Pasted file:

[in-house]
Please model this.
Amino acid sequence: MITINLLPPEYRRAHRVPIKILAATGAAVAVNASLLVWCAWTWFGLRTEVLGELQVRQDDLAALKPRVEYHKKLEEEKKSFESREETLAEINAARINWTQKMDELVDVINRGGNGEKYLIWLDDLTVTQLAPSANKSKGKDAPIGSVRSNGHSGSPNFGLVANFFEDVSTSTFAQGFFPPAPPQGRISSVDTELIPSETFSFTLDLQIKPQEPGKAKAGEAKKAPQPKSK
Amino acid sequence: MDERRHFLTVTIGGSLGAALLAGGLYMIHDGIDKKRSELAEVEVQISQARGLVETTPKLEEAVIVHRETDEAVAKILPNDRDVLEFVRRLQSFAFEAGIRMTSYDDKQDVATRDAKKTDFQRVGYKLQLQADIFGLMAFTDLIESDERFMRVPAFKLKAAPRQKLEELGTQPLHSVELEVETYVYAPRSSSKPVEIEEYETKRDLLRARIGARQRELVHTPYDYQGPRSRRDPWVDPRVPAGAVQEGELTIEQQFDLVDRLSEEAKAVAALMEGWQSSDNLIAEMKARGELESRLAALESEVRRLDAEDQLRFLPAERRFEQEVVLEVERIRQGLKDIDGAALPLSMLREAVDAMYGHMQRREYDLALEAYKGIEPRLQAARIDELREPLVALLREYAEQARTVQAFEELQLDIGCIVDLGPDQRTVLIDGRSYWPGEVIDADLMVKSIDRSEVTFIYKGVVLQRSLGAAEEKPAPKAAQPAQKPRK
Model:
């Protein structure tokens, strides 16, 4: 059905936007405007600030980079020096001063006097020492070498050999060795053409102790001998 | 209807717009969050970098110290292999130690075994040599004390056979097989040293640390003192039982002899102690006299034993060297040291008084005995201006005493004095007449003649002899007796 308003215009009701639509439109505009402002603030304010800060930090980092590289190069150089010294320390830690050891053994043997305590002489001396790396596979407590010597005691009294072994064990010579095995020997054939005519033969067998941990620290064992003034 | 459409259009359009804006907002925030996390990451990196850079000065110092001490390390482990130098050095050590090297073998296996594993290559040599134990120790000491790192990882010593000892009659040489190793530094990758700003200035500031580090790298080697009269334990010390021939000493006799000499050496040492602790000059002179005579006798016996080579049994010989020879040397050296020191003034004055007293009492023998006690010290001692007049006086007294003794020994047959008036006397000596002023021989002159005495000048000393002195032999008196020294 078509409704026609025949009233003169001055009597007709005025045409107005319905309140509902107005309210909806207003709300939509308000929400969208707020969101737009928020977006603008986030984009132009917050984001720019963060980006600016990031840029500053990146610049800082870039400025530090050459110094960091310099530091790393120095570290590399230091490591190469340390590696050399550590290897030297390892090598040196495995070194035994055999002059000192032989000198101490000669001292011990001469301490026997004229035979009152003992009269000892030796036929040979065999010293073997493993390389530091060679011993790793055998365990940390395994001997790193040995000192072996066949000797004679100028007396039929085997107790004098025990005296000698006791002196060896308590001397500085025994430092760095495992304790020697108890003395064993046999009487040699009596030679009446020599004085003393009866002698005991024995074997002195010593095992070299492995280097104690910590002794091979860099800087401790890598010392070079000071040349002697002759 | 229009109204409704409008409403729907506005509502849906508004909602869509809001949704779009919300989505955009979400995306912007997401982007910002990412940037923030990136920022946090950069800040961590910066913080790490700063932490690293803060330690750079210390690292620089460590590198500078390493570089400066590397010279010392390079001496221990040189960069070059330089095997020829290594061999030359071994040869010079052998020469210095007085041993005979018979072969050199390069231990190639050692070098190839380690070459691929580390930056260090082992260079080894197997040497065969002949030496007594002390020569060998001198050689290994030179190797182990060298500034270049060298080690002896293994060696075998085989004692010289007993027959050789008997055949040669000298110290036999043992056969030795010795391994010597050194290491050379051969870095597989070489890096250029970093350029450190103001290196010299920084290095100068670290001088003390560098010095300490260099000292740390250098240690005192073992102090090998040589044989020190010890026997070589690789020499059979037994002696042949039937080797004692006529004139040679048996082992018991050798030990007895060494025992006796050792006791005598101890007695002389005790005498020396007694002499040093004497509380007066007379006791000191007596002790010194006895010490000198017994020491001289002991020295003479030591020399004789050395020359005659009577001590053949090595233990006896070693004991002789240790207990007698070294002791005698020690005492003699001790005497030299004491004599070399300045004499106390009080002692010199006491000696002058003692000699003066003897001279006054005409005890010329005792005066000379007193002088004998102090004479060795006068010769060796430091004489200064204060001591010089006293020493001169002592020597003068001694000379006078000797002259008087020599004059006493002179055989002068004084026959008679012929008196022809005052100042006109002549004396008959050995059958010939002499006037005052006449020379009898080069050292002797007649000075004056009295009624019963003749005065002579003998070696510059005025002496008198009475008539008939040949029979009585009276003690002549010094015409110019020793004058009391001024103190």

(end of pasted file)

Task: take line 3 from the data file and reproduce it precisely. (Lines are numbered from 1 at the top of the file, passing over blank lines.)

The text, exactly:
Amino acid sequence: MITINLLPPEYRRAHRVPIKILAATGAAVAVNASLLVWCAWTWFGLRTEVLGELQVRQDDLAALKPRVEYHKKLEEEKKSFESREETLAEINAARINWTQKMDELVDVINRGGNGEKYLIWLDDLTVTQLAPSANKSKGKDAPIGSVRSNGHSGSPNFGLVANFFEDVSTSTFAQGFFPPAPPQGRISSVDTELIPSETFSFTLDLQIKPQEPGKAKAGEAKKAPQPKSK